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FTC Wants To Prohibit Up-Front Fees

The Federal Trade Commission is up to no good. The FTC proposes to enact a regulation which will prohibit third-party modification providers, including attorneys, from charging advance fees.

See: http://www.ftc.gov/opa/2010/02/mars.shtm for a summary of the proposed regulation.

See http://edocket.access.gpo.gov/2010/2010-4651.htm for the full text of the proposed regulation.

California passed a law forbidding all up-front fees on mortgage modifications, including fees paid to attorneys. For the full text of the California law, see http://www.leginfo.ca.gov/pub/09-10/bill/sen/sb_0051-0100/sb_94_bill_20091011_chaptered.html.

There is no other area of law practice where clients are prohibited from paying their lawyers in advance.

What has happened in California is that attorneys have stopped providing modification services in most cases. The way attorneys have sidestepped the law is to file suit against each lender they are negotiating with. The California law does not prohibit advance fees when litigation is involved. This raises the cost substantially.

Most of the clients who hire me to work on modifying their loans have tried doing it themselves. They realize that this is complex legal work and that they need help.

The reason why the mortgage modification scandal arose, with people paying advance fees and not getting good service, was that the fees where in most cases paid to non-attorneys. In 2008 and 2009 loan officers and real estate agents were closing no deals. So they got involved in mortgage modification. Some non-attorney modification companies claimed to have attorneys on staff or available to review the work or to negotiate with lenders. In many cases this was not true.

A real estate agent can negotiate a purchase and sale agreement. A loan officer can put together a mortgage. But renegotiating a mortgage after it is in place is far different. Mortgage modification is the practice of law. It involves studing the laws pertaining to modification and interpreting them. It involves advising clients regarding whether they should file bankruptcy and under what chapter they should file. It involves counseling clients about deficiency judgments. It involves advising clients regarding how to handle second mortgages, credit card debts, and car loans.

Non-attorney modifiers spend a lot of their time saying, “Well I can’t answer that question. You need to talk with an attorney.” The entire field bristles with legal issues, so why are real estate agents and loan officers trying to do the work? Lawyers should be the ones doing the modifications.

Attorneys have been negotiating mortgage modifications for centuries. They have been referred to previously as “workouts.” To prohibit attorneys from charging advance fees is the same as prohibiting attorneys from doing workouts.

Another irony is that the California law and this new FTC regulation would only apply only to owner-occupied one to four unit owner-occupied residences. If you own a rental home or four-plex or an apartment building or a sky scraper, you can hire an attorney and pay him an advance fee to negotiate a workout. But if you live in your one to four unit property, you cannot pay an attorney advance fees to modify your loan.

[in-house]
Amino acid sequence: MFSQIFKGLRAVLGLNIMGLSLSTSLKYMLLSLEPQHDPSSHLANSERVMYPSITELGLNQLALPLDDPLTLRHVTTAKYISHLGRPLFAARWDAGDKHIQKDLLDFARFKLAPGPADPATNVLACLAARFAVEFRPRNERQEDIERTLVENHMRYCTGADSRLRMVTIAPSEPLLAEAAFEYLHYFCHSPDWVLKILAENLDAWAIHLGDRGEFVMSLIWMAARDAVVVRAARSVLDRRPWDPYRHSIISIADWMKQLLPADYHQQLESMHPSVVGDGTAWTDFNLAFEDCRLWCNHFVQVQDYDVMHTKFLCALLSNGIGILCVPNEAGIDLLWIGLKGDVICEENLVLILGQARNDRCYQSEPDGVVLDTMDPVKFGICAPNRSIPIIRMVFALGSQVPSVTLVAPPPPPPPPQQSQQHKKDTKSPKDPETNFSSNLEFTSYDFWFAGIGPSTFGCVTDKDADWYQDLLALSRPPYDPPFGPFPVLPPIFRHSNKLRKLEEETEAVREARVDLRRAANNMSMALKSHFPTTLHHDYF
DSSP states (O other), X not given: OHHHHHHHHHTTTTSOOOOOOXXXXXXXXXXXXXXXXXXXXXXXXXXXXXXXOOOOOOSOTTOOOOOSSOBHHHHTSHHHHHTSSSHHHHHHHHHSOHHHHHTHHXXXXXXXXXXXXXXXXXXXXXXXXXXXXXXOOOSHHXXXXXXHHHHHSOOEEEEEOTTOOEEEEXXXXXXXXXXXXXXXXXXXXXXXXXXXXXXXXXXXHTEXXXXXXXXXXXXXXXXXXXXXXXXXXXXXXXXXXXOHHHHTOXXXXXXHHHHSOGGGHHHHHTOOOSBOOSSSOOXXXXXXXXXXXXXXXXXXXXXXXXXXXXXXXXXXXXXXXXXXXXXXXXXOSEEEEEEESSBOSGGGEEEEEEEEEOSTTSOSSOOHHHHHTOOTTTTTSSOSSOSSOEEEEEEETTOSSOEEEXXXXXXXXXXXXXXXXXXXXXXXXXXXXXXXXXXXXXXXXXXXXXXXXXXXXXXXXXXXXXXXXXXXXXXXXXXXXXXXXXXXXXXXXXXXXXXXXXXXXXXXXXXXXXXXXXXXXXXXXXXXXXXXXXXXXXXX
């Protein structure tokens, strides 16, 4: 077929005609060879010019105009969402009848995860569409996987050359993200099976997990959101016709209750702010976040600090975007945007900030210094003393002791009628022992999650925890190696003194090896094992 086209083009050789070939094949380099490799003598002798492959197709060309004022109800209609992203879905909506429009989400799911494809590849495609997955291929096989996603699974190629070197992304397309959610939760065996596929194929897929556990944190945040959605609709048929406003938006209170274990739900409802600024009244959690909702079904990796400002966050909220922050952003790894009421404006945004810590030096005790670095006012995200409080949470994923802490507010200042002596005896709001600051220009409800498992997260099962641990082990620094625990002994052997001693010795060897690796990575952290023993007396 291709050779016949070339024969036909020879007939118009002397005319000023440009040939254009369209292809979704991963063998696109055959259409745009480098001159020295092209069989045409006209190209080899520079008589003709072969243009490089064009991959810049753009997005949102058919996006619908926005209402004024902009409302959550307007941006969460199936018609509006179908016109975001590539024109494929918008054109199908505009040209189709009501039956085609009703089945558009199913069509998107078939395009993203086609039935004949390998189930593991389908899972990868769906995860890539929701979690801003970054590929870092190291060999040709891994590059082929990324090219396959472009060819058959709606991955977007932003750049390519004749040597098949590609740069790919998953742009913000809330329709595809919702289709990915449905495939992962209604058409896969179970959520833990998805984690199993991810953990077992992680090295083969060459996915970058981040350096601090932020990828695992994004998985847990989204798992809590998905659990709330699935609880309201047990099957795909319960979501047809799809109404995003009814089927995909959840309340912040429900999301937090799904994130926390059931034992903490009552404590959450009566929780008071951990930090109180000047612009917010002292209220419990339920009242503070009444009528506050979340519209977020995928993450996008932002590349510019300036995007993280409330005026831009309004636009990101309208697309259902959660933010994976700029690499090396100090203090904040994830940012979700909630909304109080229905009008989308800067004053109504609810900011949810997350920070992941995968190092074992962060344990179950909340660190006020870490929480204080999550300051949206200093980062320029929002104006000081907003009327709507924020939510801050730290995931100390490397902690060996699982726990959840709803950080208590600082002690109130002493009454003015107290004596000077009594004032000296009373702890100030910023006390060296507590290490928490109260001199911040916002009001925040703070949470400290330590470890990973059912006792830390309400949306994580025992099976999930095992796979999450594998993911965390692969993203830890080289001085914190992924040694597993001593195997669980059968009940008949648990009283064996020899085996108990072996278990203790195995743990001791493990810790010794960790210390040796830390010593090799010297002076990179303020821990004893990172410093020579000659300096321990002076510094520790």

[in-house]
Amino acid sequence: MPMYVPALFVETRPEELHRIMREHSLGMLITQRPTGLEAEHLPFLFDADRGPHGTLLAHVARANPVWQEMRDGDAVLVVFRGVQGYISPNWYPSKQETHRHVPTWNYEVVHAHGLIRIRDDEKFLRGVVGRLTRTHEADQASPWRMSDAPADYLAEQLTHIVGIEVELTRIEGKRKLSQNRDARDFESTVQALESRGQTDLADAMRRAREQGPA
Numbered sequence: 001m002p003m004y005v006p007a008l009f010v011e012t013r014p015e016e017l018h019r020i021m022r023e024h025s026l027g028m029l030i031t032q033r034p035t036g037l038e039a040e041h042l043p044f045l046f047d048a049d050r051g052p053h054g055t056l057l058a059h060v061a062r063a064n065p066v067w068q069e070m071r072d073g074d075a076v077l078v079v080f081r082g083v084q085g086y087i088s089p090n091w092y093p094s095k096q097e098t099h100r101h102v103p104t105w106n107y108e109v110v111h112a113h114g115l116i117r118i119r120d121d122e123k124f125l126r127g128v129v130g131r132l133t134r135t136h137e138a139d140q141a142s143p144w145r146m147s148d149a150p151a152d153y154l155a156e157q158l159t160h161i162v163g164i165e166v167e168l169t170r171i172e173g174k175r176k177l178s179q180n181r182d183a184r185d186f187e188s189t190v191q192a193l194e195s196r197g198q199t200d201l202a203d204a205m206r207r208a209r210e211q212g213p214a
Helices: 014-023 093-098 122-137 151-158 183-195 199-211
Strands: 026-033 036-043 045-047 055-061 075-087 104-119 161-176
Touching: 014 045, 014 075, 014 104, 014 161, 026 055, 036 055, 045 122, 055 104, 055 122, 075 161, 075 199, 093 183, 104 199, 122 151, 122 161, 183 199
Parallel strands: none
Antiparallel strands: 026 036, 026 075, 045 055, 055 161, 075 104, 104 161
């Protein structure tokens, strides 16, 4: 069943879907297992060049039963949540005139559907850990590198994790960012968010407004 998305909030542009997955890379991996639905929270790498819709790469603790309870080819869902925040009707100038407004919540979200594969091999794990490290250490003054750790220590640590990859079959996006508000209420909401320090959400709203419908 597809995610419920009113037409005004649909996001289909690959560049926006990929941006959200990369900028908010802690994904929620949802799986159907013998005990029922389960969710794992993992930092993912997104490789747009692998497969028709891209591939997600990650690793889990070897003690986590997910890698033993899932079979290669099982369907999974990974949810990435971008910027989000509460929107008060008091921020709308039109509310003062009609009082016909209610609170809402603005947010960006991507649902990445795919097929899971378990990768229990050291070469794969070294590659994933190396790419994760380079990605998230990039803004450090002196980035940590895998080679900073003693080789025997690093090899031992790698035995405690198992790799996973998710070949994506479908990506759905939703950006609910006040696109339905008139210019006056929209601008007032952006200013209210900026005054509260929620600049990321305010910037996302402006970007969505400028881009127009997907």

The practical impact of such a law will be that people who need legal services will not be able to obtain them. And that is because they will not be able to convince the lawyer to do the work without paying him in advance.

Why are attorneys and why am I unwilling to work for clients who do not pay me in advance? Clients who do not pay in advance are not committed to me. I am committed to them, but they are not committed to me. I am required by my ethical standards and my bar association to be committed to the client, but the client is not governed by any regulatory body that obligates them to pay me. Many clients who need mortgage modification are on the verge of bankruptcy. Sometimes I advise them to file bankruptcy. When they file bankruptcy, they are discharged from their debts, including their debt to me. Even if they do not file bankruptcy they might still refuse to pay for work done well. I am not interested in chasing clients who fail to pay. It is usually a waste of time and money.

Further, lenders generally do their best to circumvent attorneys. They call and write directly to clients. They act as if the attorney does not exist. Many lenders actively discourage clients from working with “third-party providers.” Chase has such a discouragement on its recorded hold message. I have had situations where I was not paid in advance, where the lender granted modification to the client, and where the client accepted the modification and did not tell me what had happend. And the clients conveniently forgot to pay me.

If clients pay me in advance I feel a great responsibility to work hard for them. If they do not pay me in advance, I do not know whether they will be loyal to me at all. Not being paid in advance affects my willingness to work hard for my clients.

As an attorney I am subject to regulation by the Washington Bar Association. If I fail to do my job conscientiously, I can be disciplined. It is not necessary for the California legislature or the FTC to be passing laws that prohibit me from collecting fair fees from clients. 

I work my heart out for my clients. I am not interested in working my heart out for clients and not getting paid.

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